Retcon advisement (Darkness Rising & Sea of Storms)

Good afternoon everyone!

If there is a word that no one likes to hear when it comes to published work it is retcon. For those who are unfamiliar with the term, it means to alter an already published work. This is not something that I will ever do after I retail publish a work. When readers pay out of their pocket for a novel, I do not want to change something after-the-fact, leaving you with an out of date, and canonically useless tome. I am only doing this because my works are not yet final.

So here is the spoiler warning. I am about to discuss the ending to both Darkness Rising and Sea of Storms.

OK. First, I am going to discuss  what is currently in place, and after that I will delve into what is being changed and why.

At the end of Darkness Rising, Rafael Azail sacrifices himself to shut the way to the Nether, and, in his mind, slay Aleksander, foiling Mordred’s plans. In the epilogue, the Deathsworn come and take away three individuals in litters: Eldred, Aleksander, and Rafael.

In the epilogue to Sea of Storms, we learn that Jophiel had somehow ensnared Rafael’s conciousness and locked him inside the Unseen World — for all purposes dead, until the Heart of the Sand gives him new life. Which occurs in the closing moments of that book.

What is being retconned is Rafael’s fate. I do not want to go full spoiler here (as after the retail publish, some new readers may find this blog). Although what I feel is really important to current readers is that Rafael does not receive the Heart of the Sand in the end events of Sea of Storms — in fact Rafael will not appear at all.

This is a brief synopsis for what will be eventually written into Sea of Storms’ epilogue. When Jophiel and Hamad delve deeper into the Unseen World, they do not venture into the Prison of Souls, but instead to another unnamed area (I would like readers to guess where it is from vague descriptions). They will meet with another First Born and give him the Heart of the Sand — the selfsame who warned Amos in the prologue that the Emperor will hear of this during Aerona’s hallucination / nightmare. This individual is named Reuven. This is a perspective character in Heart of the Sand. The epilogue will then bridge the two works by introducing a new, important character, and give readers a better perspective on where this character stands.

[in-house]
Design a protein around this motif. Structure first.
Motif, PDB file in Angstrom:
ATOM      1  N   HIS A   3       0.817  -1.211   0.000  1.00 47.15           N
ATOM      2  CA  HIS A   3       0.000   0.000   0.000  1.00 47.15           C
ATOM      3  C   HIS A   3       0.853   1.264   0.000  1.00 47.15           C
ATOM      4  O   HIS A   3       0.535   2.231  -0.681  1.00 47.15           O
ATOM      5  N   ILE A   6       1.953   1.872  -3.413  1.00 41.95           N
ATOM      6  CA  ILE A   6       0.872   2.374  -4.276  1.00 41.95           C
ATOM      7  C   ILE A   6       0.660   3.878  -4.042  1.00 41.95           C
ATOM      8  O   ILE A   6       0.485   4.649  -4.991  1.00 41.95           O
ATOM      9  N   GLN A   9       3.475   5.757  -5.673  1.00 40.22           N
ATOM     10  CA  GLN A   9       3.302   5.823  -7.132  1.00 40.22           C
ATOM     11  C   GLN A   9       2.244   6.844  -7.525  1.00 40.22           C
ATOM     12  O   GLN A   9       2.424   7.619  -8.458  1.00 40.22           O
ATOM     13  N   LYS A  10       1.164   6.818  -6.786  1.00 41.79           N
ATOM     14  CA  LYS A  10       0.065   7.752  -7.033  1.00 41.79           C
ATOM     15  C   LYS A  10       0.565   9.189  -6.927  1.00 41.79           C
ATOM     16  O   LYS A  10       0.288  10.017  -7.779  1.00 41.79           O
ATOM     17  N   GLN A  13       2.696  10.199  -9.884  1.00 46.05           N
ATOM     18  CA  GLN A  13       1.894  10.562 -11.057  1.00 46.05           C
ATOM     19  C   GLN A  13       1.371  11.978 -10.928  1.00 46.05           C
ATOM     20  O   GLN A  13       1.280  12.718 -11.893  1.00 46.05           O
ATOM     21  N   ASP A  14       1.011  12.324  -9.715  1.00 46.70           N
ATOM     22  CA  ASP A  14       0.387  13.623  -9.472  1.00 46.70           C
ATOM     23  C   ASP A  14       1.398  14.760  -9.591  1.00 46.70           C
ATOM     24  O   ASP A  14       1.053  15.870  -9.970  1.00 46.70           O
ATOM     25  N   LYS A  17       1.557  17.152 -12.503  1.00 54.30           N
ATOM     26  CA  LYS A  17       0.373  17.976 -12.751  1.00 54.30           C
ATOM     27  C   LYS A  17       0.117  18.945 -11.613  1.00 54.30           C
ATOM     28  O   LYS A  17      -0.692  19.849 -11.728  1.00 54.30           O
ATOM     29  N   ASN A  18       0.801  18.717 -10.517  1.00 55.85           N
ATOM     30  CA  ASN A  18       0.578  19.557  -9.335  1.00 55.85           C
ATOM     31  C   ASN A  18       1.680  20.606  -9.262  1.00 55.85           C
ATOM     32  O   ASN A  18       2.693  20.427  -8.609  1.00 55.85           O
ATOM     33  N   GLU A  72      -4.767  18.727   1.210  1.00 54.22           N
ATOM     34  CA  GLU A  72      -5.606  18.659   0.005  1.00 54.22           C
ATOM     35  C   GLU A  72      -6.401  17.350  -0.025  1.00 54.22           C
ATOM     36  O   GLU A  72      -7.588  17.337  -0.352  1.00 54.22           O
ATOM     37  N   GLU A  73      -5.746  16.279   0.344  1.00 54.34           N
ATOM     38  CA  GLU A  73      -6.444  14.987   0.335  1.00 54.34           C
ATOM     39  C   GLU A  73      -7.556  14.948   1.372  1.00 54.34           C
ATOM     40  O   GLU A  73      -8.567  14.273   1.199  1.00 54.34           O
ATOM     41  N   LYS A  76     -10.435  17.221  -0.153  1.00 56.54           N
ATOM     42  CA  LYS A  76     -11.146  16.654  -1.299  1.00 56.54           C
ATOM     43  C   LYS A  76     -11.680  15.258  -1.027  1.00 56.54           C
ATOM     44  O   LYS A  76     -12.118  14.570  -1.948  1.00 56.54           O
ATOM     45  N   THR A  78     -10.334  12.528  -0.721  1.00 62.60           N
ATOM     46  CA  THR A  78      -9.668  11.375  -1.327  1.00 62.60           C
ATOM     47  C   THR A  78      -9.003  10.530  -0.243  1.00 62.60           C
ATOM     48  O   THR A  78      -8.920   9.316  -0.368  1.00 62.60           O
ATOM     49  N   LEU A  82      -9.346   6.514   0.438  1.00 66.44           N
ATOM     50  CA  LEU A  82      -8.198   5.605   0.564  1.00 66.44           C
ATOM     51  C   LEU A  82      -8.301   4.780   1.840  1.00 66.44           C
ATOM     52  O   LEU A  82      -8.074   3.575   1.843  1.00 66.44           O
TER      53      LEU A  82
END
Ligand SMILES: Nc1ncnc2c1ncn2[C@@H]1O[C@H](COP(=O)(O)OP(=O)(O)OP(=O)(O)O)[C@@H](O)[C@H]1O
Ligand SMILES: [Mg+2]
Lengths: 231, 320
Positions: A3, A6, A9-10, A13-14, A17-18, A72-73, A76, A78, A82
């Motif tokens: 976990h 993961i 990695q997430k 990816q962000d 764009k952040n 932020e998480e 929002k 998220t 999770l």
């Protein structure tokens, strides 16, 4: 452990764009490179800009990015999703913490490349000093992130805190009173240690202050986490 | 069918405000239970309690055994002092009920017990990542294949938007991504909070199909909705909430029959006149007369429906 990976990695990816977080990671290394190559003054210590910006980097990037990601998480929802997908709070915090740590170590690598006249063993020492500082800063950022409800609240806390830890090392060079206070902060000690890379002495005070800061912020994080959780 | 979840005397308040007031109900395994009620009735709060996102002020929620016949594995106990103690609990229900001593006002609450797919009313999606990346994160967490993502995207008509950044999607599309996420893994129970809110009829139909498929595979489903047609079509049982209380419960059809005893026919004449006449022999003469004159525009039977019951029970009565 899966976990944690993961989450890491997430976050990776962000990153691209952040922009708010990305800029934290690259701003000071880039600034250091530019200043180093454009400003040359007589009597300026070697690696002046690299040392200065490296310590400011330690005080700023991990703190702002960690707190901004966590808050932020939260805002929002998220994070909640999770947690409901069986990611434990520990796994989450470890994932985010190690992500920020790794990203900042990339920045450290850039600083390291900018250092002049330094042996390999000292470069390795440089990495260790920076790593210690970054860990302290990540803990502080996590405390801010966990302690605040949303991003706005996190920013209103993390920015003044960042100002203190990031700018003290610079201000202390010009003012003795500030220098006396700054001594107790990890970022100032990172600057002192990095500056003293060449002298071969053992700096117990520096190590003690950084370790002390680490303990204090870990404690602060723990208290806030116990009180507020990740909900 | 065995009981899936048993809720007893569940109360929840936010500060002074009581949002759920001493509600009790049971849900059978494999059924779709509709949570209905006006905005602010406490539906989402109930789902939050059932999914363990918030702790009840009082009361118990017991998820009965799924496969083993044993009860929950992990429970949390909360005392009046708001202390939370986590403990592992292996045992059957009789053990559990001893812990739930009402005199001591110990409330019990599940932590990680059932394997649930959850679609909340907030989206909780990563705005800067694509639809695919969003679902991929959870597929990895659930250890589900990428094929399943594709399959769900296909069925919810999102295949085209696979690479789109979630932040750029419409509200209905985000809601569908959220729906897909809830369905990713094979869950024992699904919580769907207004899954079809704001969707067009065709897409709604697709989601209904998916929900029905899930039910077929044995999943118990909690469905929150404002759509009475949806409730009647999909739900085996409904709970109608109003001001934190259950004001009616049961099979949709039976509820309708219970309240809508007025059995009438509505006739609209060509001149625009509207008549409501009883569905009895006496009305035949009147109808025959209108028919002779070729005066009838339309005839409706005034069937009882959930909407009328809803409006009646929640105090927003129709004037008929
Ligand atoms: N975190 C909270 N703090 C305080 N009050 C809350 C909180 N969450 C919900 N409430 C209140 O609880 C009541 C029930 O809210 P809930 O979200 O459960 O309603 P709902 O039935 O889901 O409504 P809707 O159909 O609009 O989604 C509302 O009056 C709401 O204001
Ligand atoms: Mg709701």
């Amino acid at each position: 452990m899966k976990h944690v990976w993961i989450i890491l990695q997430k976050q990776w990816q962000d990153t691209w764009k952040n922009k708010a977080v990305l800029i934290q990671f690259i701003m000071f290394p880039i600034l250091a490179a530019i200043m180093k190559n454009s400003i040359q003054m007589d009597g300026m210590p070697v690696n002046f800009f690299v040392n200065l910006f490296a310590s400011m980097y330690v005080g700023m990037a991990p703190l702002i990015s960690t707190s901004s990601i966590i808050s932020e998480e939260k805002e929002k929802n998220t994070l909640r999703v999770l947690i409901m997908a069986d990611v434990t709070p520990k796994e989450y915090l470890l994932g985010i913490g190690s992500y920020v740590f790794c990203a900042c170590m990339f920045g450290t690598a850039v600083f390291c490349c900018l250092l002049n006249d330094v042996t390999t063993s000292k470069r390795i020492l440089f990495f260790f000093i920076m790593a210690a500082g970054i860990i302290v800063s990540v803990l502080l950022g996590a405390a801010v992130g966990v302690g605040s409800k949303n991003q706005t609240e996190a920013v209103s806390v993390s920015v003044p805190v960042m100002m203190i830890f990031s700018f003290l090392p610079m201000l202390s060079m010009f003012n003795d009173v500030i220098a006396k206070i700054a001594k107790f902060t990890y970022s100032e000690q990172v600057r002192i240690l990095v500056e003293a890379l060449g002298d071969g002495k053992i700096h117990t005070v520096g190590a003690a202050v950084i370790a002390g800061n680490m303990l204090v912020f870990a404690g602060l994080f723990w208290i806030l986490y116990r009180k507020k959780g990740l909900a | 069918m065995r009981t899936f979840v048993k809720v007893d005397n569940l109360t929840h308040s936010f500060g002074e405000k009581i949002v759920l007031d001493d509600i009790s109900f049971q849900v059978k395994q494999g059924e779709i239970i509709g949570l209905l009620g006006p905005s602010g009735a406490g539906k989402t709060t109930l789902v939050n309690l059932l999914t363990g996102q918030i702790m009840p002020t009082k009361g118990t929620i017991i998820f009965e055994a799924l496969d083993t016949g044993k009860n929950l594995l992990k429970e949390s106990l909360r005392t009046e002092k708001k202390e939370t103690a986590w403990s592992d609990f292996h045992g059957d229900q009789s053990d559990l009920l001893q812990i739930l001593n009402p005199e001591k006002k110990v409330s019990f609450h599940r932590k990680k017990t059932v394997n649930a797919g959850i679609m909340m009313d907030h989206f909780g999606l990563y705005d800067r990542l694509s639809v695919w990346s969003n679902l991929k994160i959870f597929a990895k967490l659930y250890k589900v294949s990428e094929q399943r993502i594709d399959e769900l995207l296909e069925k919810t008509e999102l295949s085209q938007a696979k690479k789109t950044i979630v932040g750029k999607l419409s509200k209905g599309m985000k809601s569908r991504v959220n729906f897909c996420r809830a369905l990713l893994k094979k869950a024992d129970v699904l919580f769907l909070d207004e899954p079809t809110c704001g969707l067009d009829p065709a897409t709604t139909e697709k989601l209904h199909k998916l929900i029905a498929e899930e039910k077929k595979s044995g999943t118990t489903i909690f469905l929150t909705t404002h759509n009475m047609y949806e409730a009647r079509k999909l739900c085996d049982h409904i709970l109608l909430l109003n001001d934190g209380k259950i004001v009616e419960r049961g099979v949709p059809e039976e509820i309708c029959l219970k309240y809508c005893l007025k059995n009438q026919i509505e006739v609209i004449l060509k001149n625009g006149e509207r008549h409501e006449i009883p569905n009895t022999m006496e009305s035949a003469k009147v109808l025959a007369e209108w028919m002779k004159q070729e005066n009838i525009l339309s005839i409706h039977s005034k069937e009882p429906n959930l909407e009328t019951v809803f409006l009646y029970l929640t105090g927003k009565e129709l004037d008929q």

So why am I doing this?

To put it in a philosophical, structurally context, Rafael Azail is not working with the larger narrative of Heart of the Sand. I think it is in the best interest of the work to write him out of the story and focus on a smaller cast of characters, as well as give a more logical progression for Jophiel’s character. In my original plans for Heart of the Sand, Rafael and Jophiel were very much entwined, and largely segregated from the other characters. Thus I can remove Rafael’s arc, make some minor changes to Jophiel’s arc, and the story will more or less read as the same. The more important, plot progressing elements of Rafael’s character are being merged to other characters. I think the results are much better.

One of the other reasons I’m doing this is because I am writing Heart of the Sand (and later revising Darkness Rising and Sea of Storms) to be more grounded than they were. Rafael’s arc involved a lot of supernatural and high mystical elements that I felt were very out of touch with the rest of the narrative. In an effort to give the work a more consistent tone, those elements needed to be removed. I will instead focus on what you could call low-level mysticism. I want the conflicts and events to be about a very raw, insightful human experience — where even the immortals are very much human — and add the mysticism as a means of changing things up, and presenting new challenges.

A very positive consequence of this change is that it brings down the word count substantially. Instead of being a work that was roughly 20% larger than the preceding two books, all three stories should clock in at the same length. My aim has always been to write these stories between 90,000 and 100,000 words. As I sit here today, they should fall between 96,000 and 98,000 words. It seems to be a sweet spot.

If you are going to be reading Heart of the Sand in 4 weeks (hard to believe it will be this soon) I do hope you read this blog post. I will make another post closer to January 5th that reinforces the change that I made.

Happy reading!

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